Tom Gavornik

Tom Gavornik has over 40 years of experience in the fields of teacher, producer/arranger, composer, and jazz guitarist/composer. He is well-respected for his strong sales and radio exposure throughout the United States and Europe. Many music publications and radio personalities have given him high praise for his past albums. Our musical quest to find the leaders for a new movement must continue as we enter the new millennium. Many of the future Coltranes, McCartneys and others of the 21st century have yet to be born. There is no doubt that many of the leaders of this new era are still alive and active and have been productive over the past century. Tom Gavornik (recording artist) has been a trailblazer in Jazz guitar’s direction since the mid-1960s. Just Talking, his fifth recording, has made Mr. Gavornik a household name among jazz enthusiasts around the globe. Just Talking, Tom Gavornik’s most confident, relaxed and innovative recording, will make him the most sought-after composer and performer in modern Jazz. You can now slip the disc in, relax and enjoy the new era of American music. Tom, like many others, vividly recalls The Beatles’ arrival on the American music scene in February 1963. He was captivated by the simple melodies, harmonies and songs that were packaged into them. He resolved to save enough money for an electric guitar and to work hard to become a skilled player once he had it. Tom finally bought an electric guitar and used to carry it around with him to see other players. He was a maniac who drove many players crazy, standing in front of the stage holding his guitar and trying to learn the movements of other musicians. Tom enjoyed his trips to local shows and also studied rhythm guitar with a local teacher. He quickly learned that the emphasis on feel and composition was more important than flash and style. Tom began playing locally three to four nights per week as his playing improved. He became more interested in rock guitar after hearing the pioneers Eric Clapton and Jeff Beck bring their blues-infused music to the forefront. Tom met Jim Stringer, a guitarist who Tom described as “thirty-years ahead of his time”. He was inspired to move beyond the pentatonic scales which had dominated his playing and into new musical territory. TNT was an improvisational group Tom founded in 1969. The trio took the influences of the guitarists mentioned and combined them with jazzier instrumentalists such as Miles Davis, Wes Montgomery and George Benson. Tom continued to improve his skills and met Harry Leahey in 1973 as a mentor and teacher. Tom was encouraged by the new instructor to focus on his own compositions and not just learn the standards. His first original songs were compared to the progressive rock bands Yes and Deep Purple and provided a glimpse of the direction Tom would take later in his life. He believed in mastering and incorporating theories without relying on them for his original material. He was able quickly to develop his own style and look, which he continued to refine under the guidance of Harry Leahey. Tom believed music and composition were more important to him than his ability to perform. This is what has been a hallmark of his work. He was not afraid to write and execute difficult passages but he always kept his ultimate goal in mind, which is to communicate the song to the listener. Tom was determined to preserve and record his musical ideas for posterity. He recorded two LPs in the 1980’s: Songs of The Harvest (1981), and Finally Home (1983). These records were well-received by local and regional colleges in the Tri-State region. Tom became an established guitarist in New York City. He recorded and gigged hard throughout the 1980’s and, between 1985 and 1989, Tom created original material for his first album. Tom made a significant change in his professional and personal life with the release of Playgrounds. He spent the next two decades producing other artists and reflecting upon his own successes. He was able to release his inner demons and find comfort in his music career. He began to feel the urge to record and write as he collaborated with other musicians. “Aftermath”, the first song from Just Talking, was written in one session and captures all of Tom’s new energy. The title “Children of Promise”, the first single from Just Talking, has a comical feel and is an excellent example of how the guitar can be used as a vocal instrument when it’s in the hands of an intuitive, highly skilled player. The songs on the double CD are a reflection of what Tom believes, which is that music should only be about communication between artist and listener. Just Talking could be the most original Jazz release in the first half of the new millennium. It is an eclectic masterpiece and a great example of pure jazz at its highest level. Tom Gavornik is a truly eclectic musician. Gavornik has collaborated, studied, performed and recorded with a variety of musicians, including Phil Woods (Grammy Award winner), Harry Leahey, Eric Kloss and Gerry Mulligan to name a few. He believes Chuck Berry is just as relevant as Charles Ives. “Bird,” as well as Bach and Beethoven, is equally important. Aaron Copland is just as cool as Johnny Cash and John and Paul have the same place in popular music like Rodgers and Hammerstein. The most recent recording, “Flip It”, was recorded by and produced by Pete Cummings (Michael Hill’s Blues Mob and The Burt Conrad Allstars). Also, none other than Bernard “Pretty” Purdie provided the drums. Purdie has worked with Miles Davis and Steely Dan, Aretha Franklin and King Curtis. It is natural to wonder about the future of Jazz and the great masters who laid the foundations for it all. The only certainty is that Tom Gavornik will have his hands firmly on the wheel, and that the journey has just begun from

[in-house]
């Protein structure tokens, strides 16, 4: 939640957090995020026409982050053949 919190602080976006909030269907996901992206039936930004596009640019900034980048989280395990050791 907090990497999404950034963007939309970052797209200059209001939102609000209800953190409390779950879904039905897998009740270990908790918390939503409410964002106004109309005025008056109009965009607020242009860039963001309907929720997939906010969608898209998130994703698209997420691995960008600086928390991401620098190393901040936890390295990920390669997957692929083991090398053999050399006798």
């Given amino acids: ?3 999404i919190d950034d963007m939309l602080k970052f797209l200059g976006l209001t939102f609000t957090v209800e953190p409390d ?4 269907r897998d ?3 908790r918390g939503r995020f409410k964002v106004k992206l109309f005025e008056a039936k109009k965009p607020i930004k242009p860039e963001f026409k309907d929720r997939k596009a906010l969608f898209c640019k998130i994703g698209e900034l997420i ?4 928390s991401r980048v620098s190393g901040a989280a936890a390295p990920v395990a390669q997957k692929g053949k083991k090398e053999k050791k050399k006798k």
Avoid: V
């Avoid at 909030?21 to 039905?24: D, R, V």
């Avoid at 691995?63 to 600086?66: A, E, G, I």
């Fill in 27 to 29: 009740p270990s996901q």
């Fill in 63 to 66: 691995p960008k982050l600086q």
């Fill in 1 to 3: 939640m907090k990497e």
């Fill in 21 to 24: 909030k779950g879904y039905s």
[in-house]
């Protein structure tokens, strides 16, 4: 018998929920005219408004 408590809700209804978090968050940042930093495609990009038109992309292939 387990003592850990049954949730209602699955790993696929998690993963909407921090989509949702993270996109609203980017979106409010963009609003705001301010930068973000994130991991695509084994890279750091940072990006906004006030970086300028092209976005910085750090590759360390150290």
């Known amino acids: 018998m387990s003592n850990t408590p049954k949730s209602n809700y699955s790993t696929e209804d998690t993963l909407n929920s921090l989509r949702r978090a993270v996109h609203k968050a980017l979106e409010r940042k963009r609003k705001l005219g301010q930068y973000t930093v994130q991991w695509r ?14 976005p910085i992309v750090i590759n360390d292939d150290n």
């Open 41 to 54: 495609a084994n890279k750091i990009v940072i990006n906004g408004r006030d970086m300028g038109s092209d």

Leave a Comment